What is knee replacement surgery?

If you undergo knee arthroplasty, you've had a partial or total knee replacement. During this operation, doctors remove damaged cartilage and bone in your knee. Then, the surgeon replaces the damaged material with a metal implant to rebuild the joint. Plastic spacers reduce friction and enhance smooth movement in the joint.

Your knees are your body’s largest joint. They’re responsible for your comfort and mobility while you move. To understand your knees better, let’s look at the basic anatomy. Your knee contains several parts, including:

  • The kneecap
  • The upper part of the shin bone
  • The lower end of the thigh bone
  • Cartilage between the ends of all three bones
  • Menisci, which are the joint’s shock absorbers
  • Ligaments that keep the thigh bone and shin bone together
  • Synovial membrane, a thin lining that provides lubrication for your knee cartilage

What to expect from knee replacement surgery

Before you have the surgery, your doctor will want to do an exam. You might have to have bloodwork or other testing done to make sure you're healthy enough for the operation. You'll also have to avoid eating or drinking anything for about eight hours before your operation. 

In most cases, you’ll receive general anesthesia and you'll be asleep for surgery. Some patients get an epidural to numb them from the waist down instead. This surgery takes between one and two hours.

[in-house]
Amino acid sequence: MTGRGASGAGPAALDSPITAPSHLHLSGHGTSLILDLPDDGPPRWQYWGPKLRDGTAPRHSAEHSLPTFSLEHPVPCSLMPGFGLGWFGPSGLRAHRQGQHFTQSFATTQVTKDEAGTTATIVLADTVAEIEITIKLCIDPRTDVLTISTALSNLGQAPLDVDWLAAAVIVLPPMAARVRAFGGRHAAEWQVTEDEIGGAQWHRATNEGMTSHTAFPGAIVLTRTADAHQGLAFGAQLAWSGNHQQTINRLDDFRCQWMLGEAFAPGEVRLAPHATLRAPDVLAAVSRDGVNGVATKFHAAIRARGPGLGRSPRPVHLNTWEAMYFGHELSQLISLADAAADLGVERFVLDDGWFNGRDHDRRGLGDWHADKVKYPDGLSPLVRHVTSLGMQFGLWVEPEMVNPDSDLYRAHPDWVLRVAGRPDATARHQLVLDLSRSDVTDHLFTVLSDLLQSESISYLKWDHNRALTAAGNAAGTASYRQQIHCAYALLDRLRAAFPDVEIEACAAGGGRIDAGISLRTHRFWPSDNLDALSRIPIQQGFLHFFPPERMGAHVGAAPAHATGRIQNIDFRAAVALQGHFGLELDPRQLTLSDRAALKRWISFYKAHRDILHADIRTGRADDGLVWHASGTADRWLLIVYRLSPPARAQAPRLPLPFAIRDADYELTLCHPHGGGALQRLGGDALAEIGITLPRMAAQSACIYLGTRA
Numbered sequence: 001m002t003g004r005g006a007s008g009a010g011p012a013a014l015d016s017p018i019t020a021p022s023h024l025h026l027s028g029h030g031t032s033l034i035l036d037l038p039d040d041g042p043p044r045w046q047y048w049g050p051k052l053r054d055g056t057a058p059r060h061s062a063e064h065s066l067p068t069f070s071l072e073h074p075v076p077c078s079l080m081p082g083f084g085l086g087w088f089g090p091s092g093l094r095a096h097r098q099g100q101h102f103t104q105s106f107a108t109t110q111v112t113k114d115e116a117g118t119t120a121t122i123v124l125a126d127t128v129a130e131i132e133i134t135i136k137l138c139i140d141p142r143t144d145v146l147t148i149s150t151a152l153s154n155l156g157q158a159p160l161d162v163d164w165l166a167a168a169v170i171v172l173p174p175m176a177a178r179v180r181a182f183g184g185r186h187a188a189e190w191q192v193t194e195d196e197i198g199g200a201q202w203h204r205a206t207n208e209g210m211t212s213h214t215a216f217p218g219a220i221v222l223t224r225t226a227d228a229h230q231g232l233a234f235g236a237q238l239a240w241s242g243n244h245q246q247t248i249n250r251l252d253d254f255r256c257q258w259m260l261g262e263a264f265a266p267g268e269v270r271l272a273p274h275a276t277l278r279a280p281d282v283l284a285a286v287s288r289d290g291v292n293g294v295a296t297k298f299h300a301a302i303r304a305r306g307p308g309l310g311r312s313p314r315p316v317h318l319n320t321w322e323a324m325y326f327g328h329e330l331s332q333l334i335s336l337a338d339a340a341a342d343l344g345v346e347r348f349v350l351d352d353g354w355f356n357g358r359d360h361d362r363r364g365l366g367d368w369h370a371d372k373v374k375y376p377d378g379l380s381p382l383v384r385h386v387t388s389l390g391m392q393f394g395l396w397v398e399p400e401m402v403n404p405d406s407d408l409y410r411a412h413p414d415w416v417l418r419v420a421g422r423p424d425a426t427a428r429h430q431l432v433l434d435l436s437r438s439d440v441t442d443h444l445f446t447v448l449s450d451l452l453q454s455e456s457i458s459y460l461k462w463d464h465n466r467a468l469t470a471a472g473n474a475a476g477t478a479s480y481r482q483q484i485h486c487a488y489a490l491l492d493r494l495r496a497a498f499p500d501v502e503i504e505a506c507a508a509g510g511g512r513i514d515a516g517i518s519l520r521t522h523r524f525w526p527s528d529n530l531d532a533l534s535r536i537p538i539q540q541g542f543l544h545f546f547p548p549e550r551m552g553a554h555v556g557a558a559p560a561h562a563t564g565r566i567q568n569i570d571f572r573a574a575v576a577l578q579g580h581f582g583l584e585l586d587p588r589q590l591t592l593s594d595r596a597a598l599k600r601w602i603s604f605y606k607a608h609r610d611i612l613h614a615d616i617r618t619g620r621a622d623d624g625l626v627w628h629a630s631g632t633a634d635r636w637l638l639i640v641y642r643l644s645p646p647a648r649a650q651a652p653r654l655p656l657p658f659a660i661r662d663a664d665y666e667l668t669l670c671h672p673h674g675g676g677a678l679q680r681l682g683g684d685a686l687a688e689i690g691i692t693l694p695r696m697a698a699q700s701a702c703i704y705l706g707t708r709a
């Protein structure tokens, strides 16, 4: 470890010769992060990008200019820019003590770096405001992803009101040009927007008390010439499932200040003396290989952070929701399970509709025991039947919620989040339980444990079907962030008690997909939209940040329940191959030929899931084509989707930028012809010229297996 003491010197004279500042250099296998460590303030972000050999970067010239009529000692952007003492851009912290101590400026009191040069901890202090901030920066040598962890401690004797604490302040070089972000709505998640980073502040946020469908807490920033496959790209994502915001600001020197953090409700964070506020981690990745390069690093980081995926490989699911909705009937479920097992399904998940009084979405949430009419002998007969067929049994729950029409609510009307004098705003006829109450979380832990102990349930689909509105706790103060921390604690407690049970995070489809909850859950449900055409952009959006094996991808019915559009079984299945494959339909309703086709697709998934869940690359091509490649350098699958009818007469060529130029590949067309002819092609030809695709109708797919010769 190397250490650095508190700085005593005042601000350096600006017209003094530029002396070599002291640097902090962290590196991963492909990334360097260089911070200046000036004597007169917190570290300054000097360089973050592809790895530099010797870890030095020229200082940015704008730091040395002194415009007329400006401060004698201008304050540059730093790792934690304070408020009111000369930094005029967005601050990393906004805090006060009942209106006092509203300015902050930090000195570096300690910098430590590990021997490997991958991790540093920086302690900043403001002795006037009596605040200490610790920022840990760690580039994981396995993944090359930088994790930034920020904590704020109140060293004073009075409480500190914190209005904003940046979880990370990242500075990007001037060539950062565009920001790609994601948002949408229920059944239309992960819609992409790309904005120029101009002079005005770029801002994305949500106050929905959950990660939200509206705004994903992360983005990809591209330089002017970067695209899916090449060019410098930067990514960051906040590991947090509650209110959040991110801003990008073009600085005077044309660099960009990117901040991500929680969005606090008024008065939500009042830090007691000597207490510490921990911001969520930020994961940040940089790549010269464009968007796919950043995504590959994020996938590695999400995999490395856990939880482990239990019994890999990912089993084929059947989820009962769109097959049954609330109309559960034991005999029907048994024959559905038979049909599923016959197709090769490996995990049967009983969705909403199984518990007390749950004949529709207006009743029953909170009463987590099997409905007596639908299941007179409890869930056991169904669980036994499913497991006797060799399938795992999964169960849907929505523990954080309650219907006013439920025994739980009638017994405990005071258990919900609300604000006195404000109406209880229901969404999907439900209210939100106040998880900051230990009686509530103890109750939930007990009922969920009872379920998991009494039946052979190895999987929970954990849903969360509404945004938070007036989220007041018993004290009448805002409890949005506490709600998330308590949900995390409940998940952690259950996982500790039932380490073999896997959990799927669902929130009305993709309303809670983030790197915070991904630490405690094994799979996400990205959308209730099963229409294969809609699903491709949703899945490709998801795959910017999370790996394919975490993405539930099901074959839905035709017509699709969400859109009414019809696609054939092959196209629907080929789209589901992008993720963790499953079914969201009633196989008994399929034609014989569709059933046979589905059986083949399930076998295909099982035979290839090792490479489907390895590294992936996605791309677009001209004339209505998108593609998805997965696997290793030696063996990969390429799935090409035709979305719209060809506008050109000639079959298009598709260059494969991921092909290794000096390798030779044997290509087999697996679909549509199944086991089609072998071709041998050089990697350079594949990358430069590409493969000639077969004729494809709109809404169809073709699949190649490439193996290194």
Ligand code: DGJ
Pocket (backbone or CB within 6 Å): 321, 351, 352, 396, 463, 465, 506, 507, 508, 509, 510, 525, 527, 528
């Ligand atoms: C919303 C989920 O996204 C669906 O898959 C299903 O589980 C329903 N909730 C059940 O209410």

Your surgeon might choose one of two methods. Minimally invasive surgery requires a small cut between 4 and 6 inches. The traditional method involves making a cut between 8 and 10 inches in the front of the knee. This surgery has three basic steps: 

  1. Preparation, when your surgeon removes the damaged bone and cartilage
  2. Positioning the implants, your doctor replaces what they removed with metal implants to "rebuild" the joint
  3. Inserting spacers, plastic spacers go between the metal parts so everything moves smoothly

After the operation, your doctors and nurses will get you up within the first day or so. Expect to use crutches or a cane for a while. You should also expect to have physical therapy to strengthen your knee and learn exercises to help keep it flexible. 

Common conditions requiring knee replacement

Doctors often recommend this operation for people with moderate to severe pain and stiffness. This operation might be for you if your pain prevents you from being able to enjoy your normal activities. Examples include walking, getting up and down from a chair or climbing steps.

Common conditions that require this operation include:

  • Obesity
  • Trauma or repeated injury
  • Arthritis, a group of degenerative joint diseases that damage the joint and limit movement

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